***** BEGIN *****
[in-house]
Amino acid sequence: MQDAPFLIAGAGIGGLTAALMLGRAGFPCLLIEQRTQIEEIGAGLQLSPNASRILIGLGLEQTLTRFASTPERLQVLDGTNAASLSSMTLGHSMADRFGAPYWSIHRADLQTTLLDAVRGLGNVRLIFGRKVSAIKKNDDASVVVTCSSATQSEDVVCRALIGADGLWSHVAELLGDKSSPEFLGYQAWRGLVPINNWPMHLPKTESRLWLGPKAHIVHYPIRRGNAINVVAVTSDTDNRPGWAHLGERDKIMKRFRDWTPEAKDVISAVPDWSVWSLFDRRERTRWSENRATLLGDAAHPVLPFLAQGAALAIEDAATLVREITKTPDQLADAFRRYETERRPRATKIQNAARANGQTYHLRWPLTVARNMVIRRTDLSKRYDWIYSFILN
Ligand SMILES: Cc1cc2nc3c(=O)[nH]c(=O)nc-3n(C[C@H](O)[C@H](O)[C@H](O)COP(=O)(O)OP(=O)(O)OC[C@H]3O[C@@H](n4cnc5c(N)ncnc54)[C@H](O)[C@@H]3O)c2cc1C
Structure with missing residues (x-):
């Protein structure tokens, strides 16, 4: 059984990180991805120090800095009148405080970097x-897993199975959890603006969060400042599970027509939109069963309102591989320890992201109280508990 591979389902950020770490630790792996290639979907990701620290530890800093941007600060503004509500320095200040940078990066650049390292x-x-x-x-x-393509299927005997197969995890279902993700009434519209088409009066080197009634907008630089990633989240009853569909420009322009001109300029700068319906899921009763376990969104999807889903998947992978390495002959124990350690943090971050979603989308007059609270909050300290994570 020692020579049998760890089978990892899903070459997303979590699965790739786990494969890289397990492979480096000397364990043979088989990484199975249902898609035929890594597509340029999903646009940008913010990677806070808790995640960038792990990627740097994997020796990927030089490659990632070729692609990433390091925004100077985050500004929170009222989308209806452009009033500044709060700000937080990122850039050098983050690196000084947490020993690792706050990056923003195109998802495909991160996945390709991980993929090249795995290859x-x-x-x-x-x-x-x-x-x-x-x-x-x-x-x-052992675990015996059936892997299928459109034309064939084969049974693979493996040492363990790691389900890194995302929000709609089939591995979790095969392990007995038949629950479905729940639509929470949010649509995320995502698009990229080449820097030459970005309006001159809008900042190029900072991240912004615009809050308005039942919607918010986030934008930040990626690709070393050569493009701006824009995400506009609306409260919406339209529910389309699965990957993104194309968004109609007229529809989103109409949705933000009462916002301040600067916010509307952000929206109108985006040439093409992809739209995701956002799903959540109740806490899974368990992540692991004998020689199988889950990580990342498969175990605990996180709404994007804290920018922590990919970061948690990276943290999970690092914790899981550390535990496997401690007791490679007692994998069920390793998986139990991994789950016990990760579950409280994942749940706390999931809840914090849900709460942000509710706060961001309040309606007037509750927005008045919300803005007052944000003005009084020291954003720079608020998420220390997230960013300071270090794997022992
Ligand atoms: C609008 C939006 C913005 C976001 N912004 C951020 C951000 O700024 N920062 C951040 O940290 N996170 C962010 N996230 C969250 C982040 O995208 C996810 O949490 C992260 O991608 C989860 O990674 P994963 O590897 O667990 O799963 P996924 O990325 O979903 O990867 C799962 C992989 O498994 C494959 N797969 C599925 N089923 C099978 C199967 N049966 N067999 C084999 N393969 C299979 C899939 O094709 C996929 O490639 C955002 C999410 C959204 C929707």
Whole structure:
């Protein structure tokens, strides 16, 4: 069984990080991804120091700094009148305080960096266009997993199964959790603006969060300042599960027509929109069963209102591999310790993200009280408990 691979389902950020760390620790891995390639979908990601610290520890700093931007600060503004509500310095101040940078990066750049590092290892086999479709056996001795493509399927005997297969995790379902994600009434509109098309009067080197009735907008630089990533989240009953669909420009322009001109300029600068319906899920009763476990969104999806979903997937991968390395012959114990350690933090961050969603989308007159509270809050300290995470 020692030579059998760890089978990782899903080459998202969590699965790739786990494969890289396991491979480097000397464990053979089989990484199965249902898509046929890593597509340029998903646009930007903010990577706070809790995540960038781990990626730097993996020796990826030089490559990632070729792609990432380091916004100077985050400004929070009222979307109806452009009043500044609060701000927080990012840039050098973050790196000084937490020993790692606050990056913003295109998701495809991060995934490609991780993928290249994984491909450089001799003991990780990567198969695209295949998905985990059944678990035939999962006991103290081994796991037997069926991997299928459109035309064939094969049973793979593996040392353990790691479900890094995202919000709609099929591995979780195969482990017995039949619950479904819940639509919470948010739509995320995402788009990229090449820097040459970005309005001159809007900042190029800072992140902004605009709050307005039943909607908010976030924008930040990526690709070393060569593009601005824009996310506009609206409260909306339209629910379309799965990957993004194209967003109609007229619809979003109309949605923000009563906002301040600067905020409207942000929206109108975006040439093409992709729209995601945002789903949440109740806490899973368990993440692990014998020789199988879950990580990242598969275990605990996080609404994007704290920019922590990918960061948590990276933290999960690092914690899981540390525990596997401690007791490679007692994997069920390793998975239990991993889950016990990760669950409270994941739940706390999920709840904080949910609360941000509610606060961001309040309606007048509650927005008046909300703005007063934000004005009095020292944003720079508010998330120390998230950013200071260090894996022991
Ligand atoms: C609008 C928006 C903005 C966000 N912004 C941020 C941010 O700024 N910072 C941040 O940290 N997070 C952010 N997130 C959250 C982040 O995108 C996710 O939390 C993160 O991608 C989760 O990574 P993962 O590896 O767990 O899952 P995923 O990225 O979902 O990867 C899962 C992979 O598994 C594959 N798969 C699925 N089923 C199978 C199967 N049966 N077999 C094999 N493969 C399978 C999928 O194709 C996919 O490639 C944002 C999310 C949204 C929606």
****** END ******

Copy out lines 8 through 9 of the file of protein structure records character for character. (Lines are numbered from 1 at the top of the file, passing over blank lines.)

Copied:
């Protein structure tokens, strides 16, 4: 069984990080991804120091700094009148305080960096266009997993199964959790603006969060300042599960027509929109069963209102591999310790993200009280408990 691979389902950020760390620790891995390639979908990601610290520890700093931007600060503004509500310095101040940078990066750049590092290892086999479709056996001795493509399927005997297969995790379902994600009434509109098309009067080197009735907008630089990533989240009953669909420009322009001109300029600068319906899920009763476990969104999806979903997937991968390395012959114990350690933090961050969603989308007159509270809050300290995470 020692030579059998760890089978990782899903080459998202969590699965790739786990494969890289396991491979480097000397464990053979089989990484199965249902898509046929890593597509340029998903646009930007903010990577706070809790995540960038781990990626730097993996020796990826030089490559990632070729792609990432380091916004100077985050400004929070009222979307109806452009009043500044609060701000927080990012840039050098973050790196000084937490020993790692606050990056913003295109998701495809991060995934490609991780993928290249994984491909450089001799003991990780990567198969695209295949998905985990059944678990035939999962006991103290081994796991037997069926991997299928459109035309064939094969049973793979593996040392353990790691479900890094995202919000709609099929591995979780195969482990017995039949619950479904819940639509919470948010739509995320995402788009990229090449820097040459970005309005001159809007900042190029800072992140902004605009709050307005039943909607908010976030924008930040990526690709070393060569593009601005824009996310506009609206409260909306339209629910379309799965990957993004194209967003109609007229619809979003109309949605923000009563906002301040600067905020409207942000929206109108975006040439093409992709729209995601945002789903949440109740806490899973368990993440692990014998020789199988879950990580990242598969275990605990996080609404994007704290920019922590990918960061948590990276933290999960690092914690899981540390525990596997401690007791490679007692994997069920390793998975239990991993889950016990990760669950409270994941739940706390999920709840904080949910609360941000509610606060961001309040309606007048509650927005008046909300703005007063934000004005009095020292944003720079508010998330120390998230950013200071260090894996022991
Ligand atoms: C609008 C928006 C903005 C966000 N912004 C941020 C941010 O700024 N910072 C941040 O940290 N997070 C952010 N997130 C959250 C982040 O995108 C996710 O939390 C993160 O991608 C989760 O990574 P993962 O590896 O767990 O899952 P995923 O990225 O979902 O990867 C899962 C992979 O598994 C594959 N798969 C699925 N089923 C199978 C199967 N049966 N077999 C094999 N493969 C399978 C999928 O194709 C996919 O490639 C944002 C999310 C949204 C929606």